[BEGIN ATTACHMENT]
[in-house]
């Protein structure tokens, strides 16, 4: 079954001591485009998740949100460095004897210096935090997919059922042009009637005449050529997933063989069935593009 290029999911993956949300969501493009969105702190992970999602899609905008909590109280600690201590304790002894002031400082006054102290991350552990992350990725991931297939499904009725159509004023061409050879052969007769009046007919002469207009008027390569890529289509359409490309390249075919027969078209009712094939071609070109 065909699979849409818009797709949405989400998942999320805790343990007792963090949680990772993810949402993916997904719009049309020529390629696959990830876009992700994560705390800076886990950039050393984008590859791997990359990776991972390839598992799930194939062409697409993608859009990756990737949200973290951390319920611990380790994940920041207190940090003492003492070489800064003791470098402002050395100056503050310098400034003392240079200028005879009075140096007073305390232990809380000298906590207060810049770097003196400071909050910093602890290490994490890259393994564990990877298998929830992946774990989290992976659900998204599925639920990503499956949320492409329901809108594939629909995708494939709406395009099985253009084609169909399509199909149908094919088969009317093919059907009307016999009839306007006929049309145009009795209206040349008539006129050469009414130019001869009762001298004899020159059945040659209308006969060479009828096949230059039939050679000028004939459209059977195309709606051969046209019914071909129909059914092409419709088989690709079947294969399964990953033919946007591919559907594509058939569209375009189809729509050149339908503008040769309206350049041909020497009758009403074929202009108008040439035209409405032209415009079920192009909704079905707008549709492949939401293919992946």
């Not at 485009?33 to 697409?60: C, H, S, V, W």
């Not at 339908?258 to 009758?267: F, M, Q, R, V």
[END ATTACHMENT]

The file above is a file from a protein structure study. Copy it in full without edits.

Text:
[in-house]
């Protein structure tokens, strides 16, 4: 079954001591485009998740949100460095004897210096935090997919059922042009009637005449050529997933063989069935593009 290029999911993956949300969501493009969105702190992970999602899609905008909590109280600690201590304790002894002031400082006054102290991350552990992350990725991931297939499904009725159509004023061409050879052969007769009046007919002469207009008027390569890529289509359409490309390249075919027969078209009712094939071609070109 065909699979849409818009797709949405989400998942999320805790343990007792963090949680990772993810949402993916997904719009049309020529390629696959990830876009992700994560705390800076886990950039050393984008590859791997990359990776991972390839598992799930194939062409697409993608859009990756990737949200973290951390319920611990380790994940920041207190940090003492003492070489800064003791470098402002050395100056503050310098400034003392240079200028005879009075140096007073305390232990809380000298906590207060810049770097003196400071909050910093602890290490994490890259393994564990990877298998929830992946774990989290992976659900998204599925639920990503499956949320492409329901809108594939629909995708494939709406395009099985253009084609169909399509199909149908094919088969009317093919059907009307016999009839306007006929049309145009009795209206040349008539006129050469009414130019001869009762001298004899020159059945040659209308006969060479009828096949230059039939050679000028004939459209059977195309709606051969046209019914071909129909059914092409419709088989690709079947294969399964990953033919946007591919559907594509058939569209375009189809729509050149339908503008040769309206350049041909020497009758009403074929202009108008040439035209409405032209415009079920192009909704079905707008549709492949939401293919992946």
């Not at 485009?33 to 697409?60: C, H, S, V, W």
């Not at 339908?258 to 009758?267: F, M, Q, R, V």